That’s one article I’ve really struggled to write. For the past 2 weeks I’ve been totally consumed by the horrible war in Ukraine. For many years I believed that we’d never see another war in Europe and that our society had evolved enough to render wars obsolete, but Russia and its dictator Vladimir Putin proved me wrong.
Ukraine has a very special place in my heart, so the war taking place there is extremely personal for me:
- My wife, Yuliia, is from Ukraine. We met in the beautiful city of Kyiv.
- She’s from the region of Chernigiv, close to the border with Russia and Belarus. Feel free to Google it, I’ll wait. Her parents and many of her friends still live there. She has plenty of relatives and friends in Kharkiv and Kyiv as well.
- I’ve got many friends and colleagues from Ukraine myself. I’ve made a lot of acquaintances there on programming events and work-related trips over the past 7 years. We have around 30 colleagues from Ukraine in Toptal’s engineering department. In the past I worked with the amazing rubyist Viktor Shepelev, who’s now experiencing the horrors of the war first-hand in Kharkiv.
- I’ve been to Ukraine numerous times and I consider the country a second home. With my wife were often discussing the possibility of getting an apartment in Lviv or Kyiv, so we can spend more time there.
The war in Ukraine is not new. Ukraine has been at war with Russia for 8 years now. But the war was somewhat contained in the eastern part of Ukraine and the world had forgotten about it. Admittedly, me and my wife didn’t think much about the war either. When news started to appear in December about Russia amassing forces all around Ukraine for a possible invasion we didn’t believe this would happen. At least I didn’t. I repeatedly told Yuliia that nobody is so crazy to start a war in the heart of Europe in the 21st century, not even Putin.
We’ve spent a couple of amazing weeks with her family and in Kyiv in the middle of January. Life was going so normally. Our friends were worried about the news, but noone believed there would be a full-scale war. Then early on the 24th of February we were woken up by a phone call from my mother-in-law. “Russia is invading! There are explosions everywhere!”. I remember I was still so sleepy and confused that I wasn’t sure if I was hearing this correctly.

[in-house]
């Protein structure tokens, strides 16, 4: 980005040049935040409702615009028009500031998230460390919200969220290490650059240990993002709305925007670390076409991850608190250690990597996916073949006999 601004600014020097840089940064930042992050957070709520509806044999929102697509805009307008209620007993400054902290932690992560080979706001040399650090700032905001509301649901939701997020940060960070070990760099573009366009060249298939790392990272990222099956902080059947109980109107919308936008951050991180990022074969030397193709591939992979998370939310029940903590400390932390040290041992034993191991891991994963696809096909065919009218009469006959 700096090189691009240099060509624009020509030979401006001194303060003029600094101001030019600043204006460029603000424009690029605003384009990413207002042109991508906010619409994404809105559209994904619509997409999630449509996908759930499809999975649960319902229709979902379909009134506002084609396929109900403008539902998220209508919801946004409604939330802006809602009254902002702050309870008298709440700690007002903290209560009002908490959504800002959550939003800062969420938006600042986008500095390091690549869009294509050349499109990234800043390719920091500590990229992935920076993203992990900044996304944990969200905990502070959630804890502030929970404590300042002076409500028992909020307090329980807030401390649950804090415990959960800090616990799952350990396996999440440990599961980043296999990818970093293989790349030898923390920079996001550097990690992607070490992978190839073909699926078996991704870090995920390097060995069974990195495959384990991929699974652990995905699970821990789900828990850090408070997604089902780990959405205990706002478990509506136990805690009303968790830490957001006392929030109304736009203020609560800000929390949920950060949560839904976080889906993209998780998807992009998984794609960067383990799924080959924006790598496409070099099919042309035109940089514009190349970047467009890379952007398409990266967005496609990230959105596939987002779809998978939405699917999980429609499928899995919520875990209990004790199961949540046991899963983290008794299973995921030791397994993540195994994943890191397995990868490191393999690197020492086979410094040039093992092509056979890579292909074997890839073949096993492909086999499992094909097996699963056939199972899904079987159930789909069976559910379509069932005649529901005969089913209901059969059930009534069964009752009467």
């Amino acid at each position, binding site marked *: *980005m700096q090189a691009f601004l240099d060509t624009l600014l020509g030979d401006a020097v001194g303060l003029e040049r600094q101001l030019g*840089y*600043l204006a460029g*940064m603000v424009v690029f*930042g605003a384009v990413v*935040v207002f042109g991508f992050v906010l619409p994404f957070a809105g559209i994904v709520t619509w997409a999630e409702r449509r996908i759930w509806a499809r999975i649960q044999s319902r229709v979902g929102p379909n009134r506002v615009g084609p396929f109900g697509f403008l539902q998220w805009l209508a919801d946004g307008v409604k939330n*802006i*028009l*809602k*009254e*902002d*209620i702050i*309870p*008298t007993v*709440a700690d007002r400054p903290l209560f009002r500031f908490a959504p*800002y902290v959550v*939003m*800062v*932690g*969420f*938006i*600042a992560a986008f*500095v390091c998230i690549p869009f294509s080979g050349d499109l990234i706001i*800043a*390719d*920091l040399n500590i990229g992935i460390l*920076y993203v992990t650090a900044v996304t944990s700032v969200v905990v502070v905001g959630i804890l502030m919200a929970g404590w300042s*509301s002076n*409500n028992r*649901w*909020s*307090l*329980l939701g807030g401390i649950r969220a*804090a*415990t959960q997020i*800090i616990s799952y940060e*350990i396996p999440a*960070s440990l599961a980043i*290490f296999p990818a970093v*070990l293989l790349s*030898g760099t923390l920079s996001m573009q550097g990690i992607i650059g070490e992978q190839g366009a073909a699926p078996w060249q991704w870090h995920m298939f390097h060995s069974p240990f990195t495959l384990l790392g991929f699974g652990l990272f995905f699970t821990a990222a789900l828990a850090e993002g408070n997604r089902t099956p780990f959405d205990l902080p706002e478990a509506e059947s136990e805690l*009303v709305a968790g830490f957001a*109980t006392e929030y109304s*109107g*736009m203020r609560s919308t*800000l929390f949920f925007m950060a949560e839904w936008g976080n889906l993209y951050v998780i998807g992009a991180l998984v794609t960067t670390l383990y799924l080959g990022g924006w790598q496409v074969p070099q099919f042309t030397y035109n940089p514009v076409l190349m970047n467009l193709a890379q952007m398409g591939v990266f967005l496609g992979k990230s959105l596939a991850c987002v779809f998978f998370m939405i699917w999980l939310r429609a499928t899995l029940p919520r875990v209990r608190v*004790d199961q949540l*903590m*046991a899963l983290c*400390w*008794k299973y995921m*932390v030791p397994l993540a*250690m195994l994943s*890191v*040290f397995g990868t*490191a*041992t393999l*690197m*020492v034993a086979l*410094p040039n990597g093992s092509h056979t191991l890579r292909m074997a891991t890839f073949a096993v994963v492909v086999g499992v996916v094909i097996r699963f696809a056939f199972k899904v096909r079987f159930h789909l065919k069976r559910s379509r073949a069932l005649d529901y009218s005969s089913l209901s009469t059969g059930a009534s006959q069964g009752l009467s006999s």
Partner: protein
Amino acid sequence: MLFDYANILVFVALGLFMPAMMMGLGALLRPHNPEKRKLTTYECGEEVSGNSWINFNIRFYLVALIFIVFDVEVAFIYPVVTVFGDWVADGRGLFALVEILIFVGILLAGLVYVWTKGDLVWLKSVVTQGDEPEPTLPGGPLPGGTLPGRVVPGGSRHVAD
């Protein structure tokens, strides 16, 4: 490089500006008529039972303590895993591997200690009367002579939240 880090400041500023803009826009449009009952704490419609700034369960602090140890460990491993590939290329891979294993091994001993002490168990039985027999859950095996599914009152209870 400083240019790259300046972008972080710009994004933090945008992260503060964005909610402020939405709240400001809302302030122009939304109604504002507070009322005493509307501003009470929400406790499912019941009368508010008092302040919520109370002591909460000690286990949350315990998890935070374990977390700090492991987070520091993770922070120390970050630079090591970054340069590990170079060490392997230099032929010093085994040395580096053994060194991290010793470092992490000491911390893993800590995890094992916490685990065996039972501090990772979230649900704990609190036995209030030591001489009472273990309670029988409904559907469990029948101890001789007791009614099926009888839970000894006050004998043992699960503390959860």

The next week was a complete blur. We were very afraid for our family and all the people we knew in Ukraine. A lot of “pundits” predicted that Russia would occupy all of Ukraine in a couple of weeks and that Kyiv would fall in a couple of days. All sorts of terrible thoughts were in our heads. As stressed as we were, however, we are well aware that everyone in Ukraine had it much much worse. Friends were literally sending us videos of tanks and firefights taking place in front of their buildings. They were we sleeping in cold metro stations and cellars. And none of them was really getting any sleep. We felt afraid, bitter and powerless.
Writing all of this makes me angrier and angrier. But I didn’t start this article to vent out, but rather to ask everyone, who follows my open-source work to help save Ukraine. There are many ways to help:
- Raise awareness by spreading the truth about the Russian atrocities in your social circles. Fight the fake news coming from the Russian propaganda machine.
- Donate funds to proven charities.
- Help the numerous Ukrainian refugees. In Bulgaria we have BG4UA which aims to help people fleeing Ukraine to Bulgaria. I’m pretty sure there’s a similar organization in your country as well.
- Put pressure on your politicians to do more for Ukraine.
The Ukrainian government has put together a great guide on helping out and I encourage everyone to share it around. I’ve been doing all of the above as much as I can. For the time being I’ve lost all my desire to work on open-source. I’ve lost my desire to do pretty much anything. Tragic events tend to put things into perspective and re-arrange one’s priorities.
That’s all from me. I know that the brave Ukrainian people will prevail. I hope that our crooked/cowardly EU/NATO politicians will do more to help them. I know that in Ukraine, Russia and Putin will face their Vietnam moment. I hope that Putin and all his cronies will burn in hell for what they’ve done.
If my article managed to inspire even a single person to help in some way, then it was a great success. Pay the message forward. The time to act is today. Ukraine’s war is not just a fight for Ukraine, but it’s a fight for long-term freedom and democracy in all of Europe. Slava Ukraini!
P.S. That’s one of the final pictures I have from Kyiv. I keep revisiting it all the time these days. Me, my wife (next to me) and several wonderful colleagues from Kyiv.
The picture is from the 14th of January, but it seems it was taken a lifetime ago. Once the war is over the victory party will be in “Lyubimy dyadya”!